Text Size
Facebook Twitter More...

Physicists looking at the history of superconductors have been keeping an eye on what the future might bring. Seamus Davis of Brookhaven National Laboratory, speaking at this year’s Industrial Physics Forum, reviewed the recent history of high-temperature superconductivity development. He and his fellow researchers look for an all-encompassing theory that can explain superconductivity as a whole.

For years after the first superconductors were created, the highest temperature they were able to operate at—designated by Tc—hovered close to absolute zero and climbed at an excruciating rate of less than a degree a year new materials were discovered. Then in the late 1980s, with the discovery of copper oxide superconductors, Tc jumped suddenly, and the world hoped to see a revolution in technology as a result. Visions of levitating trains, superconducting server farms, lossless electricity transfer, and the like peppered the newspapers. Davis compared the anticipated technological revolution with the actual technological revolution that semiconductors brought about.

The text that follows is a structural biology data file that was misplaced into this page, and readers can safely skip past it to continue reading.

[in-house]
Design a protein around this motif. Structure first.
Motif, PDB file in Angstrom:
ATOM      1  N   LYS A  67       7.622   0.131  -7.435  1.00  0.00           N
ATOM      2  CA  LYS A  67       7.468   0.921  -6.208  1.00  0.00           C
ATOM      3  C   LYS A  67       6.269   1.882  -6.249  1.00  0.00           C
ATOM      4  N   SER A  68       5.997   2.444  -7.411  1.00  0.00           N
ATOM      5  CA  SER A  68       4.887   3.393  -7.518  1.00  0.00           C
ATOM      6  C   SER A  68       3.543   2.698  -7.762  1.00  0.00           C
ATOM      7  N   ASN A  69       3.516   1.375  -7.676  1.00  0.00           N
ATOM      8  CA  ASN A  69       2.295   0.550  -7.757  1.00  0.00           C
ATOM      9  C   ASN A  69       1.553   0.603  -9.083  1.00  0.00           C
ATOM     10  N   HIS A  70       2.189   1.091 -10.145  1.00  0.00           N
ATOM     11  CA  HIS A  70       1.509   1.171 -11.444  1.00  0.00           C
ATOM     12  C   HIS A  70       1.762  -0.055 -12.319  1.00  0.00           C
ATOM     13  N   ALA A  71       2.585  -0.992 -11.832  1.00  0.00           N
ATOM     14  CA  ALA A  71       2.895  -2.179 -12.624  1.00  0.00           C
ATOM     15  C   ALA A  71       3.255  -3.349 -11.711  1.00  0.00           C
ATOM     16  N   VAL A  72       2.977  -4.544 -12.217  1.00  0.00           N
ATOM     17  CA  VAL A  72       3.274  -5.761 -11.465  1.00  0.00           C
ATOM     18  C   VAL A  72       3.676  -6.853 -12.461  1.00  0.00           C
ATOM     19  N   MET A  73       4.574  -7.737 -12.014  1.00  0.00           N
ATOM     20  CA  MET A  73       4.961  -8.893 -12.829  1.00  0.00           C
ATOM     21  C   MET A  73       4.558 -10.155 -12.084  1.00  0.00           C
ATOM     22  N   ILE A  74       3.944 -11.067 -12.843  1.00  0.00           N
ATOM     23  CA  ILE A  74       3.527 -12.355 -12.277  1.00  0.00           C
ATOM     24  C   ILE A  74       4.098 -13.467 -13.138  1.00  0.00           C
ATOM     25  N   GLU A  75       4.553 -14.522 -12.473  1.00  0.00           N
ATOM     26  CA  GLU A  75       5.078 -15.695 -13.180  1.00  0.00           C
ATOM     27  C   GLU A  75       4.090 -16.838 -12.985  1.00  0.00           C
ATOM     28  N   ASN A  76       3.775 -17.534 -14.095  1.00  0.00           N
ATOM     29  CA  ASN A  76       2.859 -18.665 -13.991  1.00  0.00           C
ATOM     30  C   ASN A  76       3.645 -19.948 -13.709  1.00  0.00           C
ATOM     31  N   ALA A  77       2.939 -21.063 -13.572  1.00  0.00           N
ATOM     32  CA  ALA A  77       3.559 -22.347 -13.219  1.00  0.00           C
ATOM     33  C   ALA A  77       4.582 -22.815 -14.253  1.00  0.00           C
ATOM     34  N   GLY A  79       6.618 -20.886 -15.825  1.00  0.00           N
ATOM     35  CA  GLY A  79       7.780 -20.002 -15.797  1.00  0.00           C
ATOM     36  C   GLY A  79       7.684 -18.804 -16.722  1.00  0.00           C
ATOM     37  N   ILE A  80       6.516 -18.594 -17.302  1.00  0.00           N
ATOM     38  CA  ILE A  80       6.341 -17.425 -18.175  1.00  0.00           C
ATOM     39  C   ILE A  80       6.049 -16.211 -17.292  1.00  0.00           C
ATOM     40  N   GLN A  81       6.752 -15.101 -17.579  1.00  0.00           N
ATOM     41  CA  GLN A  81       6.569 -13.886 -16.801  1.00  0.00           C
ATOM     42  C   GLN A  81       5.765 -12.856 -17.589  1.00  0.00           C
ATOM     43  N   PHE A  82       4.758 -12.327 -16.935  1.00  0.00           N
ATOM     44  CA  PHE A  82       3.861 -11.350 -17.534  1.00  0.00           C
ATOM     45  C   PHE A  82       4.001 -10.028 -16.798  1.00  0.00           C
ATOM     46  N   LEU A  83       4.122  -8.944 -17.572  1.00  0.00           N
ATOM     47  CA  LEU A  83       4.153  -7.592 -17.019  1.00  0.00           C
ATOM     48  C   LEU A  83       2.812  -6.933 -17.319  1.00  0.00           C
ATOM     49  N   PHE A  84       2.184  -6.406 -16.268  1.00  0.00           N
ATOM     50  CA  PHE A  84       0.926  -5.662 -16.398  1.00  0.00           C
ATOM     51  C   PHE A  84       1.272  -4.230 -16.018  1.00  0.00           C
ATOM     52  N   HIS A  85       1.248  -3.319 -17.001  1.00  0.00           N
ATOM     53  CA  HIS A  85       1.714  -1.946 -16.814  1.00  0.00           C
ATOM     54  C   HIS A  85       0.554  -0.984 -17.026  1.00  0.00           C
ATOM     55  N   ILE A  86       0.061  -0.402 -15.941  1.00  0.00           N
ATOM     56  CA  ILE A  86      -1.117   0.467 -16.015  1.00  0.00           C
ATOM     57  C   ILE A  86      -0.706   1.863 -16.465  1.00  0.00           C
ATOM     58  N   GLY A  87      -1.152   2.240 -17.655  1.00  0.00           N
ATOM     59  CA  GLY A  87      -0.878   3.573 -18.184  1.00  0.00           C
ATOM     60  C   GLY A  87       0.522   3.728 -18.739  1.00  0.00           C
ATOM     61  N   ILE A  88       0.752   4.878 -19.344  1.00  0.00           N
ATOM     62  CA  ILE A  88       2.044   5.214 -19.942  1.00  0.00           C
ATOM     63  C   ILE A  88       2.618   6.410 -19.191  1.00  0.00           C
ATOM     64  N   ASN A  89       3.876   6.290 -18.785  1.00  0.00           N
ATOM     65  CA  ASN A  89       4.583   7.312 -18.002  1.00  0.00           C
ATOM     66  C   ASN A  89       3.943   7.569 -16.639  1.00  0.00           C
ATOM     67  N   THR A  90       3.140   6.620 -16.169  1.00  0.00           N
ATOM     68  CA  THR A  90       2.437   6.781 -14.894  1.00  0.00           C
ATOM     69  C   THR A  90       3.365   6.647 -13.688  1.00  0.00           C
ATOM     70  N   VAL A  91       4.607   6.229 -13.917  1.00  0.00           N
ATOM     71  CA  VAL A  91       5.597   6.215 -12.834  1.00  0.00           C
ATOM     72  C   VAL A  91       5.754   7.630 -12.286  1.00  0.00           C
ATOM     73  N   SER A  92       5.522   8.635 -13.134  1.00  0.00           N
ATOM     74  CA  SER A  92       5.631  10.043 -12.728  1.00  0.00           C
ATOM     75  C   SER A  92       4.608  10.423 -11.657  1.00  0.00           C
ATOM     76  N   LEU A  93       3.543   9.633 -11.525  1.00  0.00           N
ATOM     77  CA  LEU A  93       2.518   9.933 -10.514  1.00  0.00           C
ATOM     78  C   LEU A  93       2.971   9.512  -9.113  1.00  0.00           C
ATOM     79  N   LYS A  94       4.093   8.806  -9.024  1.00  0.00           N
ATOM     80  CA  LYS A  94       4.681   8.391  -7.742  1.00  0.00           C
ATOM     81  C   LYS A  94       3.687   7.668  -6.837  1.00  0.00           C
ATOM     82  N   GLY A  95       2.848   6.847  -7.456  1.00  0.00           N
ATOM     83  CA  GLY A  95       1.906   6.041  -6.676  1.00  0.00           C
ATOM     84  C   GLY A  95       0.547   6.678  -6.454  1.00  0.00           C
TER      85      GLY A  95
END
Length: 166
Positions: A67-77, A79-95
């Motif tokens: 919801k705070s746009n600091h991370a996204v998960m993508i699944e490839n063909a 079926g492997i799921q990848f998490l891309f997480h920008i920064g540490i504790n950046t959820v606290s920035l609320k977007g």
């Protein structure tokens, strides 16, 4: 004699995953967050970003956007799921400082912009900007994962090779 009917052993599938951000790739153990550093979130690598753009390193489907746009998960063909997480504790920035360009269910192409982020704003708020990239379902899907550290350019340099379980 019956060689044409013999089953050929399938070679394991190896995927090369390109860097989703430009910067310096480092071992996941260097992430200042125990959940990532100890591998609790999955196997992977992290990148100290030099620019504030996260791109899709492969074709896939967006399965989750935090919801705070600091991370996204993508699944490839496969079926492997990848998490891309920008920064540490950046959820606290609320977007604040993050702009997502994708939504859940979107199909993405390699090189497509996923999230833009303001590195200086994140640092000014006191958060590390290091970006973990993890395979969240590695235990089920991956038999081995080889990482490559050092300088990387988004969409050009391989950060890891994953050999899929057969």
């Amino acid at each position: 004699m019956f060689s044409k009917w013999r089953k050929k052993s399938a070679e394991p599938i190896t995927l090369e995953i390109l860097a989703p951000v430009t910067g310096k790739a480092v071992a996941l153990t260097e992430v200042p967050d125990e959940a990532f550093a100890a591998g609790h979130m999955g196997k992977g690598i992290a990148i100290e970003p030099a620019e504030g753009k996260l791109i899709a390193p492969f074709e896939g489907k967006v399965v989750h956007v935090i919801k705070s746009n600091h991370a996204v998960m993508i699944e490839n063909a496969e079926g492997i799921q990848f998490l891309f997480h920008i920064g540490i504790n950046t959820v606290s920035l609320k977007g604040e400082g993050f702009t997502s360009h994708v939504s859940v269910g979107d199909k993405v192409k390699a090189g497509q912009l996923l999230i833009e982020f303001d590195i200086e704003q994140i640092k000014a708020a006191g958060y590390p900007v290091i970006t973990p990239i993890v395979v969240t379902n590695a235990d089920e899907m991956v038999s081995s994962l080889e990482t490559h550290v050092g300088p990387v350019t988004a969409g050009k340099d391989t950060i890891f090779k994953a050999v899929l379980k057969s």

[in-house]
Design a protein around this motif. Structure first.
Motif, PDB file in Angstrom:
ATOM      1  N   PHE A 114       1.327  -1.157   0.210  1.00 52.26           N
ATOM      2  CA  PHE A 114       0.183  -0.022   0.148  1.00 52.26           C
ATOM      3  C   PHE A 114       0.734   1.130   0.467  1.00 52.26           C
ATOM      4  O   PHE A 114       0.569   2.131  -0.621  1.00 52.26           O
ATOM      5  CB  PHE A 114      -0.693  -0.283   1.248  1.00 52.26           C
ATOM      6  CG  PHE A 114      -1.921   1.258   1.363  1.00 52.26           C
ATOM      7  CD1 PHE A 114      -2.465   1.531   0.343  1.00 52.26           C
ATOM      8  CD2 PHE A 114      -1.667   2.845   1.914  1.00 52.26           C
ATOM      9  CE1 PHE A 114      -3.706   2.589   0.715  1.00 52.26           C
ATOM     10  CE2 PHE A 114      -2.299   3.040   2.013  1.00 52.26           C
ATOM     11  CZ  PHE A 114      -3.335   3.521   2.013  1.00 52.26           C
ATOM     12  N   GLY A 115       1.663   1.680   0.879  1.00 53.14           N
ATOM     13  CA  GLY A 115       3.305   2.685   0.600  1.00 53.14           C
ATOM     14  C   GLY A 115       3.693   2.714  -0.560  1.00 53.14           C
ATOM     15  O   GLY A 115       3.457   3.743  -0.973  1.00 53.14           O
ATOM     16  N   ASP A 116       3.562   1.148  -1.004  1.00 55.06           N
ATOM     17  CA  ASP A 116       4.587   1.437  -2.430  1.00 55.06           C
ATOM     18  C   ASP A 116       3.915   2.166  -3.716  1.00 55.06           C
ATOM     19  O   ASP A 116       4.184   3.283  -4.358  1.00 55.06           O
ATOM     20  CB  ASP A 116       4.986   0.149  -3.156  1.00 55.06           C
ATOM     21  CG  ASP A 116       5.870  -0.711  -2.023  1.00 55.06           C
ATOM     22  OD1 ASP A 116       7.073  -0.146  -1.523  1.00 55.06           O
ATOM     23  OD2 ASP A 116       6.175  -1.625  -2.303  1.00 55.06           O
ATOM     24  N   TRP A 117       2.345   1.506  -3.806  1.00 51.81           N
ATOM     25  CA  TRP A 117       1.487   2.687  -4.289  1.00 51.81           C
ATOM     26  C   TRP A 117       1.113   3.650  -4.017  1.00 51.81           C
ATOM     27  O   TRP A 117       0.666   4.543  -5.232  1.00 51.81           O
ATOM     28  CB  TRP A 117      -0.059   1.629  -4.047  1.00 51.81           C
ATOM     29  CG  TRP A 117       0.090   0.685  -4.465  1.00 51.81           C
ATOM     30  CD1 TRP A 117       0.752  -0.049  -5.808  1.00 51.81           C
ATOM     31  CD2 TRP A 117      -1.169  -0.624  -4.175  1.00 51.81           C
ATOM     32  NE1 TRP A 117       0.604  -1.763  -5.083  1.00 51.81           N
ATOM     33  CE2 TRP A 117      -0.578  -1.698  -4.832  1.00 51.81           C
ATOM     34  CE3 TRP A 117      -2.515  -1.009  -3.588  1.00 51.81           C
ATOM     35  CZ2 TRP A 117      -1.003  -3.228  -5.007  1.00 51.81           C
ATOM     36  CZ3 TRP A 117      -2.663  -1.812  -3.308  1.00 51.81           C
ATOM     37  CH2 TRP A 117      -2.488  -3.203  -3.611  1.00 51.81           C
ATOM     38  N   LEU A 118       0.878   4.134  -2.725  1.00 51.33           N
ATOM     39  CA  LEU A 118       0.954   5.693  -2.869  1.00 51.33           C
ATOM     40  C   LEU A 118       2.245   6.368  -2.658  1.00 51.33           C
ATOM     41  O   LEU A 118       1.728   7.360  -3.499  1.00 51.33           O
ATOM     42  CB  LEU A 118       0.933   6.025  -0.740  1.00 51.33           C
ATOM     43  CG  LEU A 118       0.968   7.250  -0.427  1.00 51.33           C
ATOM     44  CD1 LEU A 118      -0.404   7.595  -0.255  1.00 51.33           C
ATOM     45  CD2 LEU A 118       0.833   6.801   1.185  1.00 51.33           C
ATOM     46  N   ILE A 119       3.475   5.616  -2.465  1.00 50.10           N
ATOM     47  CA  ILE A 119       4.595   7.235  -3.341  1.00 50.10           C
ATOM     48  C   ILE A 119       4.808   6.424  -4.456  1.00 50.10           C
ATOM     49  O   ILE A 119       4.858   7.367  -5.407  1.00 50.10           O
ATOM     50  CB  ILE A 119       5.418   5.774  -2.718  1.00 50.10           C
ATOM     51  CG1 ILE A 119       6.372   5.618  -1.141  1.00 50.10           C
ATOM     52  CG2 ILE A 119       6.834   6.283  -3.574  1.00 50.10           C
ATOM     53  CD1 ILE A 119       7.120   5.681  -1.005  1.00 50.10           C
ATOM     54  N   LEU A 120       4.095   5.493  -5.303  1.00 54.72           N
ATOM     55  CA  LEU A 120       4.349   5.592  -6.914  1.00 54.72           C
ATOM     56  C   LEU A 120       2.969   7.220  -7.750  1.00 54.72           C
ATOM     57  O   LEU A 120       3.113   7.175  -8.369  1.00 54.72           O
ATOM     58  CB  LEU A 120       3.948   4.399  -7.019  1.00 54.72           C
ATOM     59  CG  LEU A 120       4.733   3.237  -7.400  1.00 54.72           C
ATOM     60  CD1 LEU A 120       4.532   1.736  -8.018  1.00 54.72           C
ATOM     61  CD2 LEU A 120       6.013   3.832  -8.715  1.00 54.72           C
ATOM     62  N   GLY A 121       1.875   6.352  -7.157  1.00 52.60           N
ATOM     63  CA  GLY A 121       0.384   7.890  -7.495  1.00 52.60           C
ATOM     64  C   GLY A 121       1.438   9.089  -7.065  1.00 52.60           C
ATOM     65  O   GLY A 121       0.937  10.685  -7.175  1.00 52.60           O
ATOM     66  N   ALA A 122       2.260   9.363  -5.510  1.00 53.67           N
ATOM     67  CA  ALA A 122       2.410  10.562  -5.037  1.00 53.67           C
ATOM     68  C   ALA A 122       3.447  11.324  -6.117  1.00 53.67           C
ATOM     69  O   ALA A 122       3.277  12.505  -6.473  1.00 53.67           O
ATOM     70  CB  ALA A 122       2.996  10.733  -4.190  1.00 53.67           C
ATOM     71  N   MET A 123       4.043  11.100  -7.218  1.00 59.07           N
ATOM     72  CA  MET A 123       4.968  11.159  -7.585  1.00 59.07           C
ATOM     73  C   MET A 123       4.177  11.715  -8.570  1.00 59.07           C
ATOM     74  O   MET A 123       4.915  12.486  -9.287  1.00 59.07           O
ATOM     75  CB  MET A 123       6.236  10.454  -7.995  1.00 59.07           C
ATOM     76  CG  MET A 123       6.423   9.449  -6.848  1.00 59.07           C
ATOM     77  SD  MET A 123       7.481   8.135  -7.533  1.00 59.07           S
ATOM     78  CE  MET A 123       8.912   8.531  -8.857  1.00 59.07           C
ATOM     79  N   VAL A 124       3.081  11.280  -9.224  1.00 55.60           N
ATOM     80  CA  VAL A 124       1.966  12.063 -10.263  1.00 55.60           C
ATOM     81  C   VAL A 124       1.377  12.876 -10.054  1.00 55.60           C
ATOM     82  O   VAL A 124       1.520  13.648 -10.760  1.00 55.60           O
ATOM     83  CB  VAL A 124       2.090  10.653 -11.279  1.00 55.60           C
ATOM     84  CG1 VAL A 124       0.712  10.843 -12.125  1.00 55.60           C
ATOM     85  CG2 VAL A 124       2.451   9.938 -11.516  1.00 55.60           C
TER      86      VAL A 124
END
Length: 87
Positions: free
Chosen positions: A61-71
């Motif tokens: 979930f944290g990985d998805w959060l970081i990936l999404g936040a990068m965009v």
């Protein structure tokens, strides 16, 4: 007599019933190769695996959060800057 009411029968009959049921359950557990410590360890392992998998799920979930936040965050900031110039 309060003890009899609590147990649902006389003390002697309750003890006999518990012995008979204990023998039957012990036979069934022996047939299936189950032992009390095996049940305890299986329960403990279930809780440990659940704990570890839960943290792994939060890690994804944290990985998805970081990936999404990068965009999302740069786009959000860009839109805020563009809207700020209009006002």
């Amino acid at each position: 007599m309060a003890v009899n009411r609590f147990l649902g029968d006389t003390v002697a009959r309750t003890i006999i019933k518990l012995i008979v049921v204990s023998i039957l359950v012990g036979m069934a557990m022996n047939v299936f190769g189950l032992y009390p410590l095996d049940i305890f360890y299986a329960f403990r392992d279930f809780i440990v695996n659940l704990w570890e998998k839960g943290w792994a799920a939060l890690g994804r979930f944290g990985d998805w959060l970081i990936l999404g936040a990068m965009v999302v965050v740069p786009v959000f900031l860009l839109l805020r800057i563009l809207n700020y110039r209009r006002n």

To read the rest of the article, click here.

Category: Science